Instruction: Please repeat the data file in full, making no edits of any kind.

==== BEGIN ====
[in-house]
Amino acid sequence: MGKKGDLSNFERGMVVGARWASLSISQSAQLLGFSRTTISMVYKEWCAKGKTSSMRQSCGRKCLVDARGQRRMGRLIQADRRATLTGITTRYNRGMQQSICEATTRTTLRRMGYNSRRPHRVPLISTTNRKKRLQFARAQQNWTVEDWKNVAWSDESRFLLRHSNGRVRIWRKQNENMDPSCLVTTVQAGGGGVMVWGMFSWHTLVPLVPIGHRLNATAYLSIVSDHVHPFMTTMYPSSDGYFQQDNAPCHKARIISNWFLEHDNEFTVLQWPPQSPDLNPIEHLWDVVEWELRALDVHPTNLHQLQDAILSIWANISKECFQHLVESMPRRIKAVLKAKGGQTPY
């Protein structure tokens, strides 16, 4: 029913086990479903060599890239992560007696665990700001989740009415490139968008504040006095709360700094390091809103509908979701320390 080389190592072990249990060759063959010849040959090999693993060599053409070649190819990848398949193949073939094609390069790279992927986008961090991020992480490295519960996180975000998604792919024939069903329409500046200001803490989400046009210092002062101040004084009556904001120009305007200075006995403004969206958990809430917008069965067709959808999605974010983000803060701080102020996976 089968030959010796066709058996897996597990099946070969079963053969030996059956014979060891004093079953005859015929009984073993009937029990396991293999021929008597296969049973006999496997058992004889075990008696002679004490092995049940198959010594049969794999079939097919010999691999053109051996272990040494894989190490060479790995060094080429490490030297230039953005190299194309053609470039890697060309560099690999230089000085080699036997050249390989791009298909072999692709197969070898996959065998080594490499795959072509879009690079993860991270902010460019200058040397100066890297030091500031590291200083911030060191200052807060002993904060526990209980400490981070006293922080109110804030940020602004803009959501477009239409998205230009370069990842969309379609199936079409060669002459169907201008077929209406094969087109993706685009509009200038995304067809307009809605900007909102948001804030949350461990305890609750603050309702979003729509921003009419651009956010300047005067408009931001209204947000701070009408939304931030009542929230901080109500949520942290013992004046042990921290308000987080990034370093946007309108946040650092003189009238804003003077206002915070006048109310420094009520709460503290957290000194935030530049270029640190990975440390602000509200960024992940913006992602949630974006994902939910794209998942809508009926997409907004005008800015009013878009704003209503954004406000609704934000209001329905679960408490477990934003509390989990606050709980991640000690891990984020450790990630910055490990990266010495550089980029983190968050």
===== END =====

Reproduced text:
[in-house]
Amino acid sequence: MGKKGDLSNFERGMVVGARWASLSISQSAQLLGFSRTTISMVYKEWCAKGKTSSMRQSCGRKCLVDARGQRRMGRLIQADRRATLTGITTRYNRGMQQSICEATTRTTLRRMGYNSRRPHRVPLISTTNRKKRLQFARAQQNWTVEDWKNVAWSDESRFLLRHSNGRVRIWRKQNENMDPSCLVTTVQAGGGGVMVWGMFSWHTLVPLVPIGHRLNATAYLSIVSDHVHPFMTTMYPSSDGYFQQDNAPCHKARIISNWFLEHDNEFTVLQWPPQSPDLNPIEHLWDVVEWELRALDVHPTNLHQLQDAILSIWANISKECFQHLVESMPRRIKAVLKAKGGQTPY
């Protein structure tokens, strides 16, 4: 029913086990479903060599890239992560007696665990700001989740009415490139968008504040006095709360700094390091809103509908979701320390 080389190592072990249990060759063959010849040959090999693993060599053409070649190819990848398949193949073939094609390069790279992927986008961090991020992480490295519960996180975000998604792919024939069903329409500046200001803490989400046009210092002062101040004084009556904001120009305007200075006995403004969206958990809430917008069965067709959808999605974010983000803060701080102020996976 089968030959010796066709058996897996597990099946070969079963053969030996059956014979060891004093079953005859015929009984073993009937029990396991293999021929008597296969049973006999496997058992004889075990008696002679004490092995049940198959010594049969794999079939097919010999691999053109051996272990040494894989190490060479790995060094080429490490030297230039953005190299194309053609470039890697060309560099690999230089000085080699036997050249390989791009298909072999692709197969070898996959065998080594490499795959072509879009690079993860991270902010460019200058040397100066890297030091500031590291200083911030060191200052807060002993904060526990209980400490981070006293922080109110804030940020602004803009959501477009239409998205230009370069990842969309379609199936079409060669002459169907201008077929209406094969087109993706685009509009200038995304067809307009809605900007909102948001804030949350461990305890609750603050309702979003729509921003009419651009956010300047005067408009931001209204947000701070009408939304931030009542929230901080109500949520942290013992004046042990921290308000987080990034370093946007309108946040650092003189009238804003003077206002915070006048109310420094009520709460503290957290000194935030530049270029640190990975440390602000509200960024992940913006992602949630974006994902939910794209998942809508009926997409907004005008800015009013878009704003209503954004406000609704934000209001329905679960408490477990934003509390989990606050709980991640000690891990984020450790990630910055490990990266010495550089980029983190968050």